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U.S. Law and the WSA Passport

(The following is a condensed version of an article that appeared in Immigration Newsletter, Vol. 15, No. 6, November-December 1986. We are reprinting it now because the information remains timely and serves to answer questions often raised regarding WSA passports. Immigration Newsletter is published by the National Lawyers Guild.) Aliens in exclusion proceedings must be detained if they arrive in the United States with documents which, according to U.S. law, "appear on their face to be false, altered or to relate to another person." The Immigration and Naturalization Service's district director may grant such aliens parole from detention, but only in limited circumstances.

A passport from the World Service Authority (WSA), in combination with a visa for another country, may bring about the release of those held indefinitely in detention because of their lack of legitimate travel documents. The Equal Justice Institute was recently able to employ this novel method for winning the freedom of a client who had been in detention for 17 months.

Mr. B., an Iraqi who entered the U.S. with a false passport, was detained pending exclusion proceedings. Because he lacked valid travel documents INS would not parole him. He feared persecution in his homeland if returned to it, and therefore remained in detention throughout the adjudication of his asylum claim. He overcame this obstacle by obtaining a passport from the World Service Authority and, with this in hand, a visa to the Dominican Republic. He submitted the passport and visa to INS and was permitted to leave the U.S.

The World Service Authority has existed since 1954. It is the administrative organ of the World Government of World Citizens, an organization founded shortly after World War II by Garry Davis, an idealistic former U.S. bomber pilot. The World Government is an attempt to form a functional, sovereign, international meta-government, with the goal of establishing a representative world government with appropriate organs to protect fundamental human rights and secure peace.

The World Service Authority issues passports in accordance with the inalienable right to freedom of travel, codified in Articles 6 and 13(c) of the Universal Declaration of Human Rights. Recognition of the validity of the WSA passport for travel varies from nation to nation. According to the WSA, the passports are recognized de jure in about half a dozen nations, and have been accepted on a de facto basis in over 100 others, including the U.S., Canada, France and China. Refugees without documents are a particular concern of the WSA, which maintains a fund to aid refugees in securing WSA passports.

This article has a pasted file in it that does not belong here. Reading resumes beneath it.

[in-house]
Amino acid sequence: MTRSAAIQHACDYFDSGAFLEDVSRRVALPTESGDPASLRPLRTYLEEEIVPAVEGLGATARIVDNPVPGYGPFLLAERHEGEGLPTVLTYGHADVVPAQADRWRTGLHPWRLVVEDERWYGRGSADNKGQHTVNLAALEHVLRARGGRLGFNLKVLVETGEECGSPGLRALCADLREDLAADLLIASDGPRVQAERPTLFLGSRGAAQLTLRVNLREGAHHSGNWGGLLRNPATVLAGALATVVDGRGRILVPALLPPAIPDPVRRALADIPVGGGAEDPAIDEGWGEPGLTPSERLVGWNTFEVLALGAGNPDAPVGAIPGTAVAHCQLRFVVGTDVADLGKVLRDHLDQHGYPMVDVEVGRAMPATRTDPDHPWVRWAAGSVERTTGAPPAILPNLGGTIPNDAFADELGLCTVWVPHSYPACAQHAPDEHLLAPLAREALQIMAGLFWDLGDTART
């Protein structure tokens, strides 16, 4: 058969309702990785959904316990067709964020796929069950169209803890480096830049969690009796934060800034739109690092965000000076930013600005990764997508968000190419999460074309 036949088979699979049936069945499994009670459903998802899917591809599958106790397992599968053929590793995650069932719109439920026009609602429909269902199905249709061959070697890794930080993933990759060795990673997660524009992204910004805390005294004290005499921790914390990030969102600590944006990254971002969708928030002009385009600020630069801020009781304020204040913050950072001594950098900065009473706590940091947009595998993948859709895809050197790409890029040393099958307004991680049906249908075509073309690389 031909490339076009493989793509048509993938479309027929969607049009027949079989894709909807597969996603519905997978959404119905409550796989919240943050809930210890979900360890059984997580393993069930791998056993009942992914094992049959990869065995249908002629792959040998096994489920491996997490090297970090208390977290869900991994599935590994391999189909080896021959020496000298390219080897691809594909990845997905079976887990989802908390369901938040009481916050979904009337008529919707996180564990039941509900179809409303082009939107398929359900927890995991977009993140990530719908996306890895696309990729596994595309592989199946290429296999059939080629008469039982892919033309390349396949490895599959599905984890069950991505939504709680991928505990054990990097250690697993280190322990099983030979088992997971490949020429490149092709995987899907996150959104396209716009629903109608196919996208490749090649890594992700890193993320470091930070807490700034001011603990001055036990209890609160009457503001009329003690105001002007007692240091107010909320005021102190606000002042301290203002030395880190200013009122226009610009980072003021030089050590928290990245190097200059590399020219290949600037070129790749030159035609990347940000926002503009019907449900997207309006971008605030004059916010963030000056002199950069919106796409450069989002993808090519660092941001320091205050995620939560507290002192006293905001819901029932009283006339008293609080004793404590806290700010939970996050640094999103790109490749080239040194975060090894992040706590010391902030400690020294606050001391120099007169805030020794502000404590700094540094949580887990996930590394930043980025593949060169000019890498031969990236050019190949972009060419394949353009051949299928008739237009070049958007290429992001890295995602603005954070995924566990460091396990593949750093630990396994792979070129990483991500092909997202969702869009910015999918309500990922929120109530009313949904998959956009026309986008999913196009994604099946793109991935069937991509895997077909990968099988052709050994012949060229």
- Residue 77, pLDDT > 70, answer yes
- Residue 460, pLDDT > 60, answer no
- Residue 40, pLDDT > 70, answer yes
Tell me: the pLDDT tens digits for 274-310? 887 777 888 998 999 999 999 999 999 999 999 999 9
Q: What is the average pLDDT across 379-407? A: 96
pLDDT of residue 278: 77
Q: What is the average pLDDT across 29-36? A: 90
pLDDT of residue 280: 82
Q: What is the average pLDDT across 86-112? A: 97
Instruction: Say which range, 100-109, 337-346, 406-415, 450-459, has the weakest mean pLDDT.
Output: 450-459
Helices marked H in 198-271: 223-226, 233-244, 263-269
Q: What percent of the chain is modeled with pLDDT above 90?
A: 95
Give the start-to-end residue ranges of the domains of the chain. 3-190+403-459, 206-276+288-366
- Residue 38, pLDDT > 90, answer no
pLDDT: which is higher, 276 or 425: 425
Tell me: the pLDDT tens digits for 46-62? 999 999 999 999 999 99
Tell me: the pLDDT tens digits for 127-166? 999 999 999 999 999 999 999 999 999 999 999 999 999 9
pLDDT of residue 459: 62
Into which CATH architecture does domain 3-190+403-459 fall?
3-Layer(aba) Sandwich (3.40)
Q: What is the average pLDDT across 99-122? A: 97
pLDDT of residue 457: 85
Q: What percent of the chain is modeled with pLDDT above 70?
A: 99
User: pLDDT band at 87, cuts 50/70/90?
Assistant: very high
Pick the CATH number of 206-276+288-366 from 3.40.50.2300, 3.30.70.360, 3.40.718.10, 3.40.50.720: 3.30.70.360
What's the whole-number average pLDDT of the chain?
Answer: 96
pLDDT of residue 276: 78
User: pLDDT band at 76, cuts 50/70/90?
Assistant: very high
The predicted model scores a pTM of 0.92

It is unclear what validity a WSA passport has under U.S. law. One provision in the Immigration and Naturalization Act defines a passport as "any travel document issued by competent authority showing the bearer's origin, identity, and nationality if any, which is valid for the entry of the bearer into a foreign country." Another section of the law excludes from admission those non-immigrants not in possession of a passport authorizing them to return either to the country from which they came or to some other country.

De jure recognition of WSA passports establishes the competence of the WSA, in fact, to issue valid passports. The situation is analogous to that of a nation whose existence is recognized by some other nations, but not by all, such as, at various times, the People's Republic of China, Taiwan, Rhodesia under the Ian Smith regime, and Israel. The passports of those nations were acceptable in some, but not all, nations. The "competence" of those nations to issue passports was determined by the willingness of another nation to accept the passport as valid. Since the World Government does not have a territorial jurisdiction, the WSA passport, standing alone, may not satisfy the Immigration Act's requirements. Nevertheless, a WSA passport containing a visa to enter a third country arguably remedies this problem and successfully secured Mr. B's release from detention.

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